Feedstocks and products from the oxo alcohols produced are discussed in the report.

Process Routes to C 4/C 8-C 10 Plasticizer Oxo Alcohols

Process Routes to C4/C8-C10 Plasticizer Oxo Alcohols

CURRENT COMMERCIAL OXO ALCOHOLS TECHNOLOGIES

Various oxo processes by Davy-Dow, Ruhrchemie-Rhône-Poulenc, Johnson Matthey-Davy, Shell, and the old industrial oxo process based on an unmodified cobalt carbonyl hydride catalyst are compared in this section of the report.

The following technologies are discussed:

  • Production of Isodecanol by the hydroformylation of nonenes using the classic unmodified cobalt catalyst system, followed by hydrogenation of the resulting aldehydes.
  • Dow & Davy Butyraldehyde production using LP Oxo SELECTOR SM Technology with NORMAX TM Catalyst.
  • Celanese RCH Butyraldehyde production using rhodium-based oxo process.
  • Dow and Davy Valeraldehyde (i.e. P entanaldehyde ) Production using LP Oxo SELECTOR SM Technology.
  • n -Butanol production by hydrogenation from n-butyraldehyde synthesized by oxo reaction.
  • 2-Ethylhexanol production from oxo synthesized n-butyraldehyde by aldol condensation & hydrogenation.
  • 2-Propylheptanol production from oxo synthesized C 5 aldehyde isomers via aldol condensation & hydrogenation.
  • Davy/Johnson Matthey technology for processing of C 6-C 14 (linear or branched) olefins into C 7-C 15 alcohols, e.g. production of isononanol for subsequent use in plasticizer production.
  • Production of oxo alcohols using Axens Dimersol X process for selective dimerization or co-dimerization of propylene-rich and/or butene-rich streams from steam crackers or FCC units.

CURRENT TECHNOLOGY DEVELOPMENTS

Various developments with respect to catalyst improvements are discussed.  For example:

  • Ease of catalyst separation and recovery
  • Development of heterogeneous hydroformylation catalysts
  • New olefin oligomerization catalysts

ECONOMIC ANALYSIS

Several cases have been considered for the production of oxo alcohols at the same capacity.  Furthermore, production cost estimates have been generated for the production of syngas (1:1) and mixed octenes since they are the raw materials used in the production of oxo alcohols.   The selected cases are:

  • 2-Ethylhexanol from propylene (Davy and Dow LP Oxo SELECTOR 30 Technology)
  • n -Butanol from propylene (Davy and Dow LP Oxo SELECTOR 30 Technology)
  • Isononanol from mixed octenes (Johnson Matthey Technology)
  • Isodecanol from nonenes (Unmodified cobalt).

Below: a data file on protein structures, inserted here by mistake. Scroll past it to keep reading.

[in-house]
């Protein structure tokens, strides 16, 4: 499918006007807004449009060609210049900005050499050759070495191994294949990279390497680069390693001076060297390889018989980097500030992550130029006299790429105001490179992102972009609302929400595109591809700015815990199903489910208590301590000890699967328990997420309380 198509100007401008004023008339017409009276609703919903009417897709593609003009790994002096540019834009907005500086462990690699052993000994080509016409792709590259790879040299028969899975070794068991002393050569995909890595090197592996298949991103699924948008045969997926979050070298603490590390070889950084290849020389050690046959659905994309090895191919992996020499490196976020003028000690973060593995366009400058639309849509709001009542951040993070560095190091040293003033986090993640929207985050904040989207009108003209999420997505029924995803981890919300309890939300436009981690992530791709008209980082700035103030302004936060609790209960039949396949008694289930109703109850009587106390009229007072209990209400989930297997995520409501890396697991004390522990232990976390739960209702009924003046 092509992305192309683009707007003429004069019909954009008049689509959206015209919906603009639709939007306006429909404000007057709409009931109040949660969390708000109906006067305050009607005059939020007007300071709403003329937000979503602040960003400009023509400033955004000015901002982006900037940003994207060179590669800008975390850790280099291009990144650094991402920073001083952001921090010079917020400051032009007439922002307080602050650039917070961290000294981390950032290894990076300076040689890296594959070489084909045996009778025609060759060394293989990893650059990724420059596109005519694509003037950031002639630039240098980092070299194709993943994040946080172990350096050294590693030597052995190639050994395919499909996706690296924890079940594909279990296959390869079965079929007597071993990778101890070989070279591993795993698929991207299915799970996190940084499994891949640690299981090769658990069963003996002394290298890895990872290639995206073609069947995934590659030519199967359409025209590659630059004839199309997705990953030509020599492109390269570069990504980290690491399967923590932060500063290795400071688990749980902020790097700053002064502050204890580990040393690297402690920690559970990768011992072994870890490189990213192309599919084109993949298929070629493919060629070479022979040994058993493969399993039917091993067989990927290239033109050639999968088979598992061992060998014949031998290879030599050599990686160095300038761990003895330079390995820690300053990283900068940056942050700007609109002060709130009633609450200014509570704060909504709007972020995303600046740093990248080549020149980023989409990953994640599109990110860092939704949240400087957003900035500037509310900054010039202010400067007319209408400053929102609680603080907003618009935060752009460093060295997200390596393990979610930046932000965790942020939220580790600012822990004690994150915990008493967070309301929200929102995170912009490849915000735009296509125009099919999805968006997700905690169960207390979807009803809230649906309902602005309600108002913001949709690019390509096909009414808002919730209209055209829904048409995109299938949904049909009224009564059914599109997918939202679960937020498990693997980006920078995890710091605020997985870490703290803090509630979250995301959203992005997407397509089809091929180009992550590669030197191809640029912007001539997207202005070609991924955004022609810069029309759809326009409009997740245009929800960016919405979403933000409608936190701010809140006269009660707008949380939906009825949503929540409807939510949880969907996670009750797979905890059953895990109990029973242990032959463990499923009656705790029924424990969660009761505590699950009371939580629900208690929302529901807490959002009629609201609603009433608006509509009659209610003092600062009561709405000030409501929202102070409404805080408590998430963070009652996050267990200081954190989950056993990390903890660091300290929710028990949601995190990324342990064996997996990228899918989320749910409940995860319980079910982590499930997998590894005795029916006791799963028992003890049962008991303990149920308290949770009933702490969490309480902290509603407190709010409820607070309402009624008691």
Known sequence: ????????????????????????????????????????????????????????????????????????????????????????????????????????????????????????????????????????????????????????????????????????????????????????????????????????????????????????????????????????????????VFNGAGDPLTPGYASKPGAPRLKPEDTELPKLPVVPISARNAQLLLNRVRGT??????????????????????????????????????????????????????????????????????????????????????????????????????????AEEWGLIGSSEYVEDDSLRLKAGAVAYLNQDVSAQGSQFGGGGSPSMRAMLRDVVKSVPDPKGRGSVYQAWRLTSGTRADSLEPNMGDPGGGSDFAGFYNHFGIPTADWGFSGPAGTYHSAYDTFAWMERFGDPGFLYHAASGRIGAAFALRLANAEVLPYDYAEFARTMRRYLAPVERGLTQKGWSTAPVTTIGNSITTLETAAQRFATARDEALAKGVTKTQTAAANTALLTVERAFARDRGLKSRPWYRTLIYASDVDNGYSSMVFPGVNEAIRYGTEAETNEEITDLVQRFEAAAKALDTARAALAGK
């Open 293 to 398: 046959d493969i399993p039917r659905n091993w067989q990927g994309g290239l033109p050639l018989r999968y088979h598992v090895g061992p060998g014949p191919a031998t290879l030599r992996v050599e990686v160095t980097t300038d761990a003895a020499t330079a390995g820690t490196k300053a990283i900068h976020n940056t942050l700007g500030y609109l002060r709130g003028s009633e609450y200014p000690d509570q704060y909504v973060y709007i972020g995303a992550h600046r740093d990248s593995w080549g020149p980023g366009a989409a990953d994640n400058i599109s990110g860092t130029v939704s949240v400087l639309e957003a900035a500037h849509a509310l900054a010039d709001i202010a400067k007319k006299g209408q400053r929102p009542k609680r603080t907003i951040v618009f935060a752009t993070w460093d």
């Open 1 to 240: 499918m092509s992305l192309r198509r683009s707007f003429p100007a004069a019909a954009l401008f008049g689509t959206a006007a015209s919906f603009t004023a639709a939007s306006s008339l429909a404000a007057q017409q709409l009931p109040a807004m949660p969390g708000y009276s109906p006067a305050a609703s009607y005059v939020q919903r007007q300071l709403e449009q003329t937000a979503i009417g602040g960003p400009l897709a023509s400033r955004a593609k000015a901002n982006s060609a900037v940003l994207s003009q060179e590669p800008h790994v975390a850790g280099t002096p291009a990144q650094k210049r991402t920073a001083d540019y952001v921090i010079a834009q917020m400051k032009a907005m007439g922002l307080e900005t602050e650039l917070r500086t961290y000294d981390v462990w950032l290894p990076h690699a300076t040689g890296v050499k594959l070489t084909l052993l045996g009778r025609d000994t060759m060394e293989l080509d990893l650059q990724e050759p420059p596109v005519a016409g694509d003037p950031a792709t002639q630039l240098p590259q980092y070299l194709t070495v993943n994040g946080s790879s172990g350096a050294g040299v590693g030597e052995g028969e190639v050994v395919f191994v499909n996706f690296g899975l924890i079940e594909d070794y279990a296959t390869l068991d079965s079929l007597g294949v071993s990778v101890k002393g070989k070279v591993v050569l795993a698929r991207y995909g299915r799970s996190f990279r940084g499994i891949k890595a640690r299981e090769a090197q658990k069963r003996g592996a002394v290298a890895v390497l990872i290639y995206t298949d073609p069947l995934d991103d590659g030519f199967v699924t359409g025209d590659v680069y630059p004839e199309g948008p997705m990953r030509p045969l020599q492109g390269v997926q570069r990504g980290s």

• 2-Propylheptanol from mixed butylene (Davy and Dow LP Oxo Technology)

It is not unusual in the chemical industry for raw materials prices to vary substantially over the course of the petrochemical cycle.  Such variations can have a significant effect on production economics; 2-ethylhexanol, 2-propylheptanol, and isodecanol are no exception.   To test the effect of raw materials on oxo alcohols production costs, a range of different, propylene and raffinate-2 prices were considered in individual sensitivity analyses.

COMMERCIAL ANALYSIS

The butanols business is driven by solvent applications particularly in emulsion and lacquers business.  These water-based systems which have benefited from environmental considerations are closely allied to the construction business. Other uses are exemplified by the figure below displaying end-use for n- Butanol in Western Europe.   The report gives more detail on the regional market review for n-butanol in Western Europe, as well as North America and Japan.   Supply, demand, and trade data are given.

Western Europe n- Butanol Consumption by End Use, 200 7

Western Europe n-Butanol Consumption by End Use, 2007

The major use for 2-Ethylhexanol (2-EH) is in plasticizers, mainly diisooctyl phthalate (DOP).  Phthalates were first produced in the 1920s, though they found limited commercial use.   A smaller but significant and growing use is in the production of 2-ethylhexyl acrylate, a monomer used in acrylic copolymers for pressure sensitive adhesives and impact modifiers.   Other uses include 2-ethylhexyl nitrates used as a cetane improver in diesel fuels.   There are a number of specialty end-uses for 2-EH.  More detail on 2-EH uses, as well as regional market reviews for North America, Western Europe and Japan are given.   Supply, demand, and trade data is discussed.

Since the 1950s, large quantities of phthalates have been consumed to plasticize PVC.  From the early 1980s, there have been concerns regarding the use phthalates and their effects on human health and the environment. A discussion of the Health, safety, environmental concerns on plasticizers is given in the report.

These reports are for the exclusive use of the purchasing company or its subsidiaries, from Nexant, Inc., 44 South  Broadway, White Plains, New York   10601-4425 U.S.A.  For further information about these reports contact Dr. Jeffrey S. Plotkin, Vice President and Global Director, PERP Program, phone:  1-914-609-0315;  fax: 1-914-609-0399;  e-mail:   jplotkin@nexant.com or Heidi Junker Coleman, phone:  1-914-609-0381, e-mail address: hcoleman@nexant.com    

Click here to order your copy of this report

We regularly send out an email when we place new items on our News pages.   Click here - if you would like to be added to ChemSystems' mailing list. 

Click here to see the report

©2009 Nexant, Inc.